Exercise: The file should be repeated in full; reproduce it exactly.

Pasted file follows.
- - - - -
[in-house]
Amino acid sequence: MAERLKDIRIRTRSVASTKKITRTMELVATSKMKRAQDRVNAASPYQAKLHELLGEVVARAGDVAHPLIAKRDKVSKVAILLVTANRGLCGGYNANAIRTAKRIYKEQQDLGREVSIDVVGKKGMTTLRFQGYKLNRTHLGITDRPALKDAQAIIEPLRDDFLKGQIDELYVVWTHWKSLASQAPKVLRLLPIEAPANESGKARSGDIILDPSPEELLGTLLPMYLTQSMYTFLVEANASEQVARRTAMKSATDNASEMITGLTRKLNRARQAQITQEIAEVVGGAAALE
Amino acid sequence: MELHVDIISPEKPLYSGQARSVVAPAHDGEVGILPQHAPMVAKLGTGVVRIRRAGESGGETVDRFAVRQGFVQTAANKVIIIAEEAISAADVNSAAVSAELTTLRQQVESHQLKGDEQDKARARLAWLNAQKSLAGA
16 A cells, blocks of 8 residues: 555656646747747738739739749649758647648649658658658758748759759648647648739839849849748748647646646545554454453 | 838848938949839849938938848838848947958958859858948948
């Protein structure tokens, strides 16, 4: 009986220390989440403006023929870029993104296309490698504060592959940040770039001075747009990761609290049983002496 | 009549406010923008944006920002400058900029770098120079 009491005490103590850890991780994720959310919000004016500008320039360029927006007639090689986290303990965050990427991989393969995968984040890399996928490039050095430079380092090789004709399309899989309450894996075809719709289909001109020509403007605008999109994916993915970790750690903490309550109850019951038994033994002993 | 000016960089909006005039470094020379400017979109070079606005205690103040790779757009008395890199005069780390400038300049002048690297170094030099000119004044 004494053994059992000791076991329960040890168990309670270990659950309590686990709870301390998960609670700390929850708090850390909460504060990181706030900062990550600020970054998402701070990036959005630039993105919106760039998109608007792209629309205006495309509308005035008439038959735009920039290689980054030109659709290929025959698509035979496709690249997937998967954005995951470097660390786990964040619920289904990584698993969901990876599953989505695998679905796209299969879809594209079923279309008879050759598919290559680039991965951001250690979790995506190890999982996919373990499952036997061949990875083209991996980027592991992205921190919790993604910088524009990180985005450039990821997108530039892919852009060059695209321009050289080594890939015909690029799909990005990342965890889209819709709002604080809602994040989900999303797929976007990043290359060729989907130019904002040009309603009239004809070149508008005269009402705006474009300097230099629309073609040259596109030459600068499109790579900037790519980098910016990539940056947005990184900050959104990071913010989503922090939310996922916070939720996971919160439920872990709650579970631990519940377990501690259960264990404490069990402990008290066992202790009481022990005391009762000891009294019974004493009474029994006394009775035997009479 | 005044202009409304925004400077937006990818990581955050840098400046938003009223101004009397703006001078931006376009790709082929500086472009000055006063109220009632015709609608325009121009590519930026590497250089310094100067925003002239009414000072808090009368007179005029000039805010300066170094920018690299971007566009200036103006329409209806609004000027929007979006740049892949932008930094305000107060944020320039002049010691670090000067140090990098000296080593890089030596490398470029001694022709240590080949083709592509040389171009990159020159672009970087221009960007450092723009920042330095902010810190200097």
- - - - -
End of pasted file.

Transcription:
[in-house]
Amino acid sequence: MAERLKDIRIRTRSVASTKKITRTMELVATSKMKRAQDRVNAASPYQAKLHELLGEVVARAGDVAHPLIAKRDKVSKVAILLVTANRGLCGGYNANAIRTAKRIYKEQQDLGREVSIDVVGKKGMTTLRFQGYKLNRTHLGITDRPALKDAQAIIEPLRDDFLKGQIDELYVVWTHWKSLASQAPKVLRLLPIEAPANESGKARSGDIILDPSPEELLGTLLPMYLTQSMYTFLVEANASEQVARRTAMKSATDNASEMITGLTRKLNRARQAQITQEIAEVVGGAAALE
Amino acid sequence: MELHVDIISPEKPLYSGQARSVVAPAHDGEVGILPQHAPMVAKLGTGVVRIRRAGESGGETVDRFAVRQGFVQTAANKVIIIAEEAISAADVNSAAVSAELTTLRQQVESHQLKGDEQDKARARLAWLNAQKSLAGA
16 A cells, blocks of 8 residues: 555656646747747738739739749649758647648649658658658758748759759648647648739839849849748748647646646545554454453 | 838848938949839849938938848838848947958958859858948948
């Protein structure tokens, strides 16, 4: 009986220390989440403006023929870029993104296309490698504060592959940040770039001075747009990761609290049983002496 | 009549406010923008944006920002400058900029770098120079 009491005490103590850890991780994720959310919000004016500008320039360029927006007639090689986290303990965050990427991989393969995968984040890399996928490039050095430079380092090789004709399309899989309450894996075809719709289909001109020509403007605008999109994916993915970790750690903490309550109850019951038994033994002993 | 000016960089909006005039470094020379400017979109070079606005205690103040790779757009008395890199005069780390400038300049002048690297170094030099000119004044 004494053994059992000791076991329960040890168990309670270990659950309590686990709870301390998960609670700390929850708090850390909460504060990181706030900062990550600020970054998402701070990036959005630039993105919106760039998109608007792209629309205006495309509308005035008439038959735009920039290689980054030109659709290929025959698509035979496709690249997937998967954005995951470097660390786990964040619920289904990584698993969901990876599953989505695998679905796209299969879809594209079923279309008879050759598919290559680039991965951001250690979790995506190890999982996919373990499952036997061949990875083209991996980027592991992205921190919790993604910088524009990180985005450039990821997108530039892919852009060059695209321009050289080594890939015909690029799909990005990342965890889209819709709002604080809602994040989900999303797929976007990043290359060729989907130019904002040009309603009239004809070149508008005269009402705006474009300097230099629309073609040259596109030459600068499109790579900037790519980098910016990539940056947005990184900050959104990071913010989503922090939310996922916070939720996971919160439920872990709650579970631990519940377990501690259960264990404490069990402990008290066992202790009481022990005391009762000891009294019974004493009474029994006394009775035997009479 | 005044202009409304925004400077937006990818990581955050840098400046938003009223101004009397703006001078931006376009790709082929500086472009000055006063109220009632015709609608325009121009590519930026590497250089310094100067925003002239009414000072808090009368007179005029000039805010300066170094920018690299971007566009200036103006329409209806609004000027929007979006740049892949932008930094305000107060944020320039002049010691670090000067140090990098000296080593890089030596490398470029001694022709240590080949083709592509040389171009990159020159672009970087221009960007450092723009920042330095902010810190200097």